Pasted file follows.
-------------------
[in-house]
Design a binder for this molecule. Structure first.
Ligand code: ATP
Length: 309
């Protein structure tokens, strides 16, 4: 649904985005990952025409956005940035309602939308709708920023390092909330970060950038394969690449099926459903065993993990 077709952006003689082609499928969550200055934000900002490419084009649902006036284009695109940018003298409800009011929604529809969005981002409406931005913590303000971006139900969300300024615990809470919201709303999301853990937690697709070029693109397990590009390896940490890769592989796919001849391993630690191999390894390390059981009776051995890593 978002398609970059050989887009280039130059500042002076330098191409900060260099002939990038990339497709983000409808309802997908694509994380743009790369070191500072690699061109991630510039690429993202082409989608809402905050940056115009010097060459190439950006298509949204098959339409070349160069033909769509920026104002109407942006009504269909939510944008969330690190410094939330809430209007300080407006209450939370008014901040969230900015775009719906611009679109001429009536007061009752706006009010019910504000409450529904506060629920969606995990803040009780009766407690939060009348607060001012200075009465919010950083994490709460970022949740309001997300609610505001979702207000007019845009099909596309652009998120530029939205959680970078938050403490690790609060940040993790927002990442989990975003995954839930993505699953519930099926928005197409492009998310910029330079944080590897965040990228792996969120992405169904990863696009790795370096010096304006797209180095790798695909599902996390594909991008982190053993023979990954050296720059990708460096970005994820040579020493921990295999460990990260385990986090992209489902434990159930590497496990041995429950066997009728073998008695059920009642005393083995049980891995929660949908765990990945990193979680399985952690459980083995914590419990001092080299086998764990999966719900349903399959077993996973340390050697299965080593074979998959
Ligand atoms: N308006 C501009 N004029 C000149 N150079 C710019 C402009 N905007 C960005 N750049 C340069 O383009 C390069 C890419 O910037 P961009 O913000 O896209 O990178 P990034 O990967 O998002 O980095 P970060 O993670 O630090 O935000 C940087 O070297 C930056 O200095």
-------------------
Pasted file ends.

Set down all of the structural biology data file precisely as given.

[in-house]
Design a binder for this molecule. Structure first.
Ligand code: ATP
Length: 309
């Protein structure tokens, strides 16, 4: 649904985005990952025409956005940035309602939308709708920023390092909330970060950038394969690449099926459903065993993990 077709952006003689082609499928969550200055934000900002490419084009649902006036284009695109940018003298409800009011929604529809969005981002409406931005913590303000971006139900969300300024615990809470919201709303999301853990937690697709070029693109397990590009390896940490890769592989796919001849391993630690191999390894390390059981009776051995890593 978002398609970059050989887009280039130059500042002076330098191409900060260099002939990038990339497709983000409808309802997908694509994380743009790369070191500072690699061109991630510039690429993202082409989608809402905050940056115009010097060459190439950006298509949204098959339409070349160069033909769509920026104002109407942006009504269909939510944008969330690190410094939330809430209007300080407006209450939370008014901040969230900015775009719906611009679109001429009536007061009752706006009010019910504000409450529904506060629920969606995990803040009780009766407690939060009348607060001012200075009465919010950083994490709460970022949740309001997300609610505001979702207000007019845009099909596309652009998120530029939205959680970078938050403490690790609060940040993790927002990442989990975003995954839930993505699953519930099926928005197409492009998310910029330079944080590897965040990228792996969120992405169904990863696009790795370096010096304006797209180095790798695909599902996390594909991008982190053993023979990954050296720059990708460096970005994820040579020493921990295999460990990260385990986090992209489902434990159930590497496990041995429950066997009728073998008695059920009642005393083995049980891995929660949908765990990945990193979680399985952690459980083995914590419990001092080299086998764990999966719900349903399959077993996973340390050697299965080593074979998959
Ligand atoms: N308006 C501009 N004029 C000149 N150079 C710019 C402009 N905007 C960005 N750049 C340069 O383009 C390069 C890419 O910037 P961009 O913000 O896209 O990178 P990034 O990967 O998002 O980095 P970060 O993670 O630090 O935000 C940087 O070297 C930056 O200095």